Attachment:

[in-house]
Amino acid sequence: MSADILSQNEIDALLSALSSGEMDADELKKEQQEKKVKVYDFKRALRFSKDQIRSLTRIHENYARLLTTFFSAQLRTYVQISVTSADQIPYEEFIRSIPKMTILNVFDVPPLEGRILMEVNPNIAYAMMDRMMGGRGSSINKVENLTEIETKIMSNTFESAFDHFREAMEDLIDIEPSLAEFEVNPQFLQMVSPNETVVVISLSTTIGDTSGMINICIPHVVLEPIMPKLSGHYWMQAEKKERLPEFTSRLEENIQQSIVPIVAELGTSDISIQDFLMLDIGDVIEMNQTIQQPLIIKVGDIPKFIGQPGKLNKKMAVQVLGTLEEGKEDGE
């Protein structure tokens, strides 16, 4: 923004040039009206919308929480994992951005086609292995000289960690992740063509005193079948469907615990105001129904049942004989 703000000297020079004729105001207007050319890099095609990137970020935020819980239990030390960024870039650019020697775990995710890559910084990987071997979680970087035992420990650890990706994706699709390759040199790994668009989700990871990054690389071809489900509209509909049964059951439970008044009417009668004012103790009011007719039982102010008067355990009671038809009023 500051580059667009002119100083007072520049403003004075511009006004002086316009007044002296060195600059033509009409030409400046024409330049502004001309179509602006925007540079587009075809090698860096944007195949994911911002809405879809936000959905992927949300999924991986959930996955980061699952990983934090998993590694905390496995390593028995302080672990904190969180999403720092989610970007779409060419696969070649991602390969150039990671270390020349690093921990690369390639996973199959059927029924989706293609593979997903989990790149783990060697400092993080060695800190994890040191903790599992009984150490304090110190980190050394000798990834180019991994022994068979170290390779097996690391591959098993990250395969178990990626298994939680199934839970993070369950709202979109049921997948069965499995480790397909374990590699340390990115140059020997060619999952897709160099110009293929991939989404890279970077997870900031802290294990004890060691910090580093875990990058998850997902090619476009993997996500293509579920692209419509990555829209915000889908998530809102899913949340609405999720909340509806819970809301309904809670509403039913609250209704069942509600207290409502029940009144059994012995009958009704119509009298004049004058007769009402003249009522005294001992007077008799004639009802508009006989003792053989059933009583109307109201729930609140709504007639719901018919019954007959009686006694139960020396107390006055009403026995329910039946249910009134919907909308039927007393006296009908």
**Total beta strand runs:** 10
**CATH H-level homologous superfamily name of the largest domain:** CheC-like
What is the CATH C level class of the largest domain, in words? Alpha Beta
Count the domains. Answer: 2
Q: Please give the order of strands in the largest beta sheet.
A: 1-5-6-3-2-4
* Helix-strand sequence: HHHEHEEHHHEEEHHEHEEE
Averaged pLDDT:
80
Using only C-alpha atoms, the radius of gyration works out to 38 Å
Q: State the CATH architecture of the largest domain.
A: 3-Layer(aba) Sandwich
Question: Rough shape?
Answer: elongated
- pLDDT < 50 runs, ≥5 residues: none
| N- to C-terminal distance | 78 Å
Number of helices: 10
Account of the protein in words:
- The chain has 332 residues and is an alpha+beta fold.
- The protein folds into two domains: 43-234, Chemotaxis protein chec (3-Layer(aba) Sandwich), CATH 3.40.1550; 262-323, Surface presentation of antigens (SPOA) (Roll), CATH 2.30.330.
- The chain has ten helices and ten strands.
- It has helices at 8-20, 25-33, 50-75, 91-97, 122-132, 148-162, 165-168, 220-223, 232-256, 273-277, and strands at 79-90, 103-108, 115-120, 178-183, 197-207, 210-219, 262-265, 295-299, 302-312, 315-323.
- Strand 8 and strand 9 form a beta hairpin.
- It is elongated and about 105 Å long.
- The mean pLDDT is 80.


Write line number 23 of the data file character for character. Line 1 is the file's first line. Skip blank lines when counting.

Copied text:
- The protein folds into two domains: 43-234, Chemotaxis protein chec (3-Layer(aba) Sandwich), CATH 3.40.1550; 262-323, Surface presentation of antigens (SPOA) (Roll), CATH 2.30.330.